In “vote for two” races, like Assembly, Council or Township Committee races, the percentages for each candidate are reported by the total of votes cast in that race, not by the number of voters who voted.
For example, in the 11th district Assembly race, Caroline Casagrande was the top vote getter with 18,679 votes. There were 69,803 Assembly votes cast and 3799 under votes. “Under votes” are voters who did not cast two votes in the Assembly race. It could be voters who didn’t vote for Assembly at all or voters who cast one vote rather than two. The County Clerk’s website reports that Casagrande received 26.76% of the vote.
The math is confusing.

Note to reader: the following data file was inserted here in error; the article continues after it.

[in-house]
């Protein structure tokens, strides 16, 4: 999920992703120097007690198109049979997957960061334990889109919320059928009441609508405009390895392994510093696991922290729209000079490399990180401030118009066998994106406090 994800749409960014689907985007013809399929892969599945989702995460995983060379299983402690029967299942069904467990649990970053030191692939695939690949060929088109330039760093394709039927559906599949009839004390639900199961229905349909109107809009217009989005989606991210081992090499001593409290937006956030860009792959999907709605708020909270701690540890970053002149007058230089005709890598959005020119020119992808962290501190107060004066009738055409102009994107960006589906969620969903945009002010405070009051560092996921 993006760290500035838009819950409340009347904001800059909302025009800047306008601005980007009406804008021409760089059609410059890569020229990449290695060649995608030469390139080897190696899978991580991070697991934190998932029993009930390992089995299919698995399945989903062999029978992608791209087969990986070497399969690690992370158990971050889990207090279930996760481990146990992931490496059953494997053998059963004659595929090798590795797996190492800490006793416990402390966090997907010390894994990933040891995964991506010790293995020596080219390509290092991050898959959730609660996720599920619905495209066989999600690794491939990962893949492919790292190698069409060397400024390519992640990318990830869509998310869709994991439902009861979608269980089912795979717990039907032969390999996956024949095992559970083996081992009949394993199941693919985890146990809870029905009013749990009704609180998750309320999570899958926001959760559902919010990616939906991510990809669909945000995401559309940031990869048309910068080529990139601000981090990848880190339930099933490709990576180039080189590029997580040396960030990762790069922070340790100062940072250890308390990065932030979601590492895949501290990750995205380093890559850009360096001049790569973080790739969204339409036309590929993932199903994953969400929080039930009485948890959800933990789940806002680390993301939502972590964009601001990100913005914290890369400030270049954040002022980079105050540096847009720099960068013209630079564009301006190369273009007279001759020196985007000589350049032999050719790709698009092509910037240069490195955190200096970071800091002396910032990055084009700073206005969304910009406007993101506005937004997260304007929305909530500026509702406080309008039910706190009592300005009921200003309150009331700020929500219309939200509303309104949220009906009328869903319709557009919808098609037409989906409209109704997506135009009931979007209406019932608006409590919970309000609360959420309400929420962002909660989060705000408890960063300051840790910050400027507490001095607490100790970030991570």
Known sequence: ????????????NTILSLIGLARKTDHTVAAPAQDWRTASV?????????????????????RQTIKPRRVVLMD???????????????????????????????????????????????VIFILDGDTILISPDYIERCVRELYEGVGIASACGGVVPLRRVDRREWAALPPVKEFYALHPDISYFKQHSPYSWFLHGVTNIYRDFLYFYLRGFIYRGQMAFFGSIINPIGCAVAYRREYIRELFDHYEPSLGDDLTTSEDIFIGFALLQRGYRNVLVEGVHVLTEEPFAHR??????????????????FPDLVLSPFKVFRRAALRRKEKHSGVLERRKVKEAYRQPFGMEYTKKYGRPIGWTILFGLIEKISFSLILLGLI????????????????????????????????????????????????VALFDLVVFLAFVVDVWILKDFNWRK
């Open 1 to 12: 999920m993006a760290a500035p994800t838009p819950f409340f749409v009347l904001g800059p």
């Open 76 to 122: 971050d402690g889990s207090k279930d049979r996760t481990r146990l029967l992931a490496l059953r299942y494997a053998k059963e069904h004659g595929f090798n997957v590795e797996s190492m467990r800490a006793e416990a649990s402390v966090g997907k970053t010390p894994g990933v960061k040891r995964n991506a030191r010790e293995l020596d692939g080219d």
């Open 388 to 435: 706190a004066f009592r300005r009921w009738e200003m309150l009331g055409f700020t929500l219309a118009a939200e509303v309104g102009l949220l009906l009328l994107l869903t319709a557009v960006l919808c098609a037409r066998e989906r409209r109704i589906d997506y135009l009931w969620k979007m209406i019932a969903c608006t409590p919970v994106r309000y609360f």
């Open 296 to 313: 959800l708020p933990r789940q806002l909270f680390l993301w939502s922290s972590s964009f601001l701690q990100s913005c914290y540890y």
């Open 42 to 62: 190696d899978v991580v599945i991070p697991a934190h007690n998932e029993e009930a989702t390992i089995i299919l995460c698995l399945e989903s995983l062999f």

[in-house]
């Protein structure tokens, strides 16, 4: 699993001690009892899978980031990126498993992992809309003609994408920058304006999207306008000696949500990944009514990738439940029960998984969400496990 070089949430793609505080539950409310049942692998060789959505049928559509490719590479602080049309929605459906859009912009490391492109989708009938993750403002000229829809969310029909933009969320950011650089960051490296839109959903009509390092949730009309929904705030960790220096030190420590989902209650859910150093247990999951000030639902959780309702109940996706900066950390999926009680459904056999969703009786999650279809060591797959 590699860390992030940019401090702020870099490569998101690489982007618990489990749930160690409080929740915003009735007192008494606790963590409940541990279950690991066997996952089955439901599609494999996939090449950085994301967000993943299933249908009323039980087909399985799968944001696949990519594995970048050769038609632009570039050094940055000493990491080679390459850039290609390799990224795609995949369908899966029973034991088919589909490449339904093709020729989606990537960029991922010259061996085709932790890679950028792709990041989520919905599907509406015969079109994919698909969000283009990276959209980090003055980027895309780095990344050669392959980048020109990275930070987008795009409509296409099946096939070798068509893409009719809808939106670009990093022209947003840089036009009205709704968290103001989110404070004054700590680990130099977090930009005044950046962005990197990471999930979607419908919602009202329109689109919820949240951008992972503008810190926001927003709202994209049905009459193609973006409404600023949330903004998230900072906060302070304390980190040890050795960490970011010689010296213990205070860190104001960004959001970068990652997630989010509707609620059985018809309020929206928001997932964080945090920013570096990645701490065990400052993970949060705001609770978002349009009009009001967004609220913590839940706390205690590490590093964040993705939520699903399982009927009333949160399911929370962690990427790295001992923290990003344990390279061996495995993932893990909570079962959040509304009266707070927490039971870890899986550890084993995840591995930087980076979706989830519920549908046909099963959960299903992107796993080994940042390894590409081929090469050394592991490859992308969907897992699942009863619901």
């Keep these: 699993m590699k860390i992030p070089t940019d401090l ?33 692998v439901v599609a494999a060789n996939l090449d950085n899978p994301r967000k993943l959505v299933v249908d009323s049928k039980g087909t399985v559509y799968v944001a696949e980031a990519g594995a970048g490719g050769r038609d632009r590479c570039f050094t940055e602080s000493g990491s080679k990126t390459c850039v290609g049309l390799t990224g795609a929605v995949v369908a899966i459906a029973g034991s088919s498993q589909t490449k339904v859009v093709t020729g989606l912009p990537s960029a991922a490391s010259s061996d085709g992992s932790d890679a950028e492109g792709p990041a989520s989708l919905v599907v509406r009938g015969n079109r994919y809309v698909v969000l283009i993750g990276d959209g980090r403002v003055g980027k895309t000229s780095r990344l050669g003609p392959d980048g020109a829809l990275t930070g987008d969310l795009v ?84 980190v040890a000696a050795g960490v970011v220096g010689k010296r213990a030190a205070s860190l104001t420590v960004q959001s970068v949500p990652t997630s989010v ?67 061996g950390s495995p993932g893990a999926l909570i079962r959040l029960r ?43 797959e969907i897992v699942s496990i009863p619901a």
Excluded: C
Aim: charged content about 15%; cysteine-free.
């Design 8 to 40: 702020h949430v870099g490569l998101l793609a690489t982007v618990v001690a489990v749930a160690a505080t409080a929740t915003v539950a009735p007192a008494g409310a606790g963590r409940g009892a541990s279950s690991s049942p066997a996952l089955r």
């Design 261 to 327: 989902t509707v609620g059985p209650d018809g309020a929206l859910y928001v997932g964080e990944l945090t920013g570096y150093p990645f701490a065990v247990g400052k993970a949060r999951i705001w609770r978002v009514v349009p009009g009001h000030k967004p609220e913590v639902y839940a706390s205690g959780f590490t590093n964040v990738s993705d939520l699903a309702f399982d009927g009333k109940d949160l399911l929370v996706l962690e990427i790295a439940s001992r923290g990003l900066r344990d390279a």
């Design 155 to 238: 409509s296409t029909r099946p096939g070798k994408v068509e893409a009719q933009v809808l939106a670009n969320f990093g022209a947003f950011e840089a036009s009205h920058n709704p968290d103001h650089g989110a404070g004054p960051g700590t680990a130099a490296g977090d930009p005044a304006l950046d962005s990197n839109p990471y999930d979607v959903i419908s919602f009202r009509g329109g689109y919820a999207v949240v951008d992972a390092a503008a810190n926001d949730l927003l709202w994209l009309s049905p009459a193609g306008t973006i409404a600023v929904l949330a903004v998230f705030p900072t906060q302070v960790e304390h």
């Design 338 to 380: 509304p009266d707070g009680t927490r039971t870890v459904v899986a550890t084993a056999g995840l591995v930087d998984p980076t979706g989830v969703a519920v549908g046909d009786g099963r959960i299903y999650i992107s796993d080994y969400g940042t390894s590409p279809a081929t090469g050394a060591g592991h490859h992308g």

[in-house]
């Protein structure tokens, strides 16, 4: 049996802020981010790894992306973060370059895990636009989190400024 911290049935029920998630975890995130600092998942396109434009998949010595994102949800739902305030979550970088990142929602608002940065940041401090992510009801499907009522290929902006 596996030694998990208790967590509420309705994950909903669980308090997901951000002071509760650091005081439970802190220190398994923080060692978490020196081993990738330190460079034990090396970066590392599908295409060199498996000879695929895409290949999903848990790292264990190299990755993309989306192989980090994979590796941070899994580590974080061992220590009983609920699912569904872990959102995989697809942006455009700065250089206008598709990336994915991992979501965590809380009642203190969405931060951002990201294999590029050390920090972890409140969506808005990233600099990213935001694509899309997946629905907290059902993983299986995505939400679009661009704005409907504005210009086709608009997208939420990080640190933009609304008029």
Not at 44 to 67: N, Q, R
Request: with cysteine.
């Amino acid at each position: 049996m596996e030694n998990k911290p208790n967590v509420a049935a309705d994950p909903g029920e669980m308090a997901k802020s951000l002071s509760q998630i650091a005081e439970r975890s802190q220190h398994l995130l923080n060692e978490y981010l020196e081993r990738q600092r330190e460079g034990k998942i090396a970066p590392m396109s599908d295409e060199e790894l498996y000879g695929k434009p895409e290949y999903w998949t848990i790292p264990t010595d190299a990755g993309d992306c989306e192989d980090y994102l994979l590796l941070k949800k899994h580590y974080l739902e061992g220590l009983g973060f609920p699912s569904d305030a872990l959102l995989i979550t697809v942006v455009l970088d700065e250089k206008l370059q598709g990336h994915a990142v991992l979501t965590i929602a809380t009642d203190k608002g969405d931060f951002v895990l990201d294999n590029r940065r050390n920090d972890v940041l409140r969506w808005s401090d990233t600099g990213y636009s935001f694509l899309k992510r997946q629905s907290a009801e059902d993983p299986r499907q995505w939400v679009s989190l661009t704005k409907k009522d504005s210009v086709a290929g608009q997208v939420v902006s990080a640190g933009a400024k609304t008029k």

Fortunately we can look to the “vote for one” races, like the Senate races, to get a clearer picture of what happened.
In the 11th district Senate race there were 35,620 votes cast and 1240 under votes. From this we can conclude that 36,860 people came out to vote in the district. Jennifer Beck won handily with 56.59% of the Senate votes cast. She earned the vote of 54.68% of the voters who came out.
Thus, Casagrande earned 50.68% of the votes of all voters who came out in the district, including those who skipped voting in the Assembly race or only voted for one Assembly candidate rather than two. Mary Pat Angelini got 49.97%, Vin Gopal got 41.60%, Kathy Horgan got 40.89% and Dan Jacobson received 6.35%.